In 1994, there was a memorable episode of The Simpsons called, "Grampa vs. Sexual Inadequacy." In the episode, Grampa Simpson came up with a sexual elixir, and couples throughout Springfield eagerly bought the tonic.
It wasn't long, however, before the children of Springfield started wondering why their parents kept going to bed much earlier than usual, so the kids held a treehouse meeting in the hopes of coming up with a credible explanation.
After some discussion, Milhouse stood at a chalkboard and presented the prevailing theory: "OK, here's what we've got: the Rand Corporation, in conjunction with the saucer people, under the supervision of the reverse vampires, are forcing our parents to go to bed early in a fiendish plot to eliminate the meal of dinner! We're through the looking glass here, people."
In the episode, the kids couldn't recognize the simple and obvious explanation, so they concocted an outlandish tale, involving made-up villains and a ridiculous conspiracy that didn't make any sense.
The episode came to mind yesterday afternoon watching Team Trump's lawyers hold a bewildering press conference at the Republican National Committee.
President Donald Trump's attorney, Rudy Giuliani, took the president's voter fraud claims even further on Thursday, baselessly alleging during a frenzied news conference that the fraud was nationally coordinated. The president's legal team alleged already debunked claims of voter fraud, baseless allegations of corrupted and hackable voting machines, election interference by foreign communists, and even references to antifa.
Giuliani's central claim -- detached from reality -- is that there's a "pattern" of fraud emanating from "a centralized place," as part of a nefarious "plan" that apparently exists only in his imagination.
And then it got worse. Sounding every bit as unhinged as Milhouse in the treehouse, the outgoing president's lawyers concocted a hysterical tale involving George Soros, "communist money," the Clinton Foundation, Venezuela, antifa, Cuba, and possibly China. Apparently, all of this also has something to do with Hugo Chavez, who's been dead for seven years.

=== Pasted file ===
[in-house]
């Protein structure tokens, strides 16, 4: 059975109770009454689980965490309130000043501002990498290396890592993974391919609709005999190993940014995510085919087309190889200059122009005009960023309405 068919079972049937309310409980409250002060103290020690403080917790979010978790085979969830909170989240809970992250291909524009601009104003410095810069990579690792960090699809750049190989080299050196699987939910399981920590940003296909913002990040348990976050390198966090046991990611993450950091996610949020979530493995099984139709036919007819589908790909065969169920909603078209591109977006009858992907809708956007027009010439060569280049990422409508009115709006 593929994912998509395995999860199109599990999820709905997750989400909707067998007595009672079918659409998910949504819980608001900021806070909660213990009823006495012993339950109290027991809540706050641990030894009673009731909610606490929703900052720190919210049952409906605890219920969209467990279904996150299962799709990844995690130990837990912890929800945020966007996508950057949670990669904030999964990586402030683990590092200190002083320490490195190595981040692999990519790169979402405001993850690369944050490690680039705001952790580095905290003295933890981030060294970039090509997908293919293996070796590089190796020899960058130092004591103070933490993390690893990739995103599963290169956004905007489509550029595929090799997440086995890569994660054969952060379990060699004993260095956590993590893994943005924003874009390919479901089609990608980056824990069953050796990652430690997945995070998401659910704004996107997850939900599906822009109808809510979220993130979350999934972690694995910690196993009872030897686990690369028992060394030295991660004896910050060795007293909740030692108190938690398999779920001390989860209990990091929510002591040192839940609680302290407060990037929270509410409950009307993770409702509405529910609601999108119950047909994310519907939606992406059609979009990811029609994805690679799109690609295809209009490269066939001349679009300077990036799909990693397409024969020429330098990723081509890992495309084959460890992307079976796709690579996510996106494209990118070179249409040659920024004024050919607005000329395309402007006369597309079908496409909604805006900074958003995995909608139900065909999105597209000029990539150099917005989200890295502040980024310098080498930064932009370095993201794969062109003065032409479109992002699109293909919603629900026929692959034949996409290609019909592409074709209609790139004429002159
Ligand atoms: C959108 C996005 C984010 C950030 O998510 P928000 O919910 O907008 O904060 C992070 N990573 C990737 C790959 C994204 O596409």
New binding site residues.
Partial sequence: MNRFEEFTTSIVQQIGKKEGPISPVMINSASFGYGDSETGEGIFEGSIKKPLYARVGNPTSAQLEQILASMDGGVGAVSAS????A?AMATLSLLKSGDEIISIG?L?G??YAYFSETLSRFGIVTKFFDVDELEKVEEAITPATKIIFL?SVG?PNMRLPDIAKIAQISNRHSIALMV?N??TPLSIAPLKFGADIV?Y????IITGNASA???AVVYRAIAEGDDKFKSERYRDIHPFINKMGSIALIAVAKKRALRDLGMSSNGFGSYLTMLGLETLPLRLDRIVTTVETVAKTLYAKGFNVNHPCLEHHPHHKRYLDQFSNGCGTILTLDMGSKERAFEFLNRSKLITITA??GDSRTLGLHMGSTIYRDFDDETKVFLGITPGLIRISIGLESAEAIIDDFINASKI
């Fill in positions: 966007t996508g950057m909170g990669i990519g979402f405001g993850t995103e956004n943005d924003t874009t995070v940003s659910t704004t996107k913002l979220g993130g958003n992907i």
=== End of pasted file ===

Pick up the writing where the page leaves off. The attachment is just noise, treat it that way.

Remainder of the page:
Team Trump didn't get around to referencing the saucer people or reverse vampires, but I can only assume they're holding onto this for the attorneys' next press conference.
Like the children of Springfield 26 years ago, the president's lawyers can't recognize the simple and obvious explanation -- Trump lost because most Americans preferred his opponent -- so they concocted an outlandish tale, involving made-up villains and a ridiculous conspiracy that didn't make any sense.
Christopher Krebs, who led the Department of Homeland Security's Cybersecurity and Infrastructure Security Agency until a few days ago, described the press conference as "the most dangerous [1 hour and 45 minutes] of television in American history. And possibly the craziest."
Quite right. Giuliani, Sidney Powell, and the rest of the presidential legal team set fire to whatever remained of their credibility, peddled a ridiculous story, lied uncontrollably for nearly two hours, all in the hopes of undoing the results of an American election.
But after the crazypants event ended, and much of the political world pondered the strange liquid that poured down both sides of Giuliani's face during the press conference, the Republican National Committee published a tweet claiming that Donald Trump won the 2020 election "by a landslide." And to a very real degree, this was every bit as alarming as the press conference itself.
It served as evidence that a once-great American political party has arrived at a bonkers point in history, publicly declaring that a president who lost a free and fair election should hold onto power because reality has no meaning.
And perhaps worst of all, many rank-and-file Republicans will believe the stark-raving-mad lies, assuming their party and its president are reliable and trustworthy.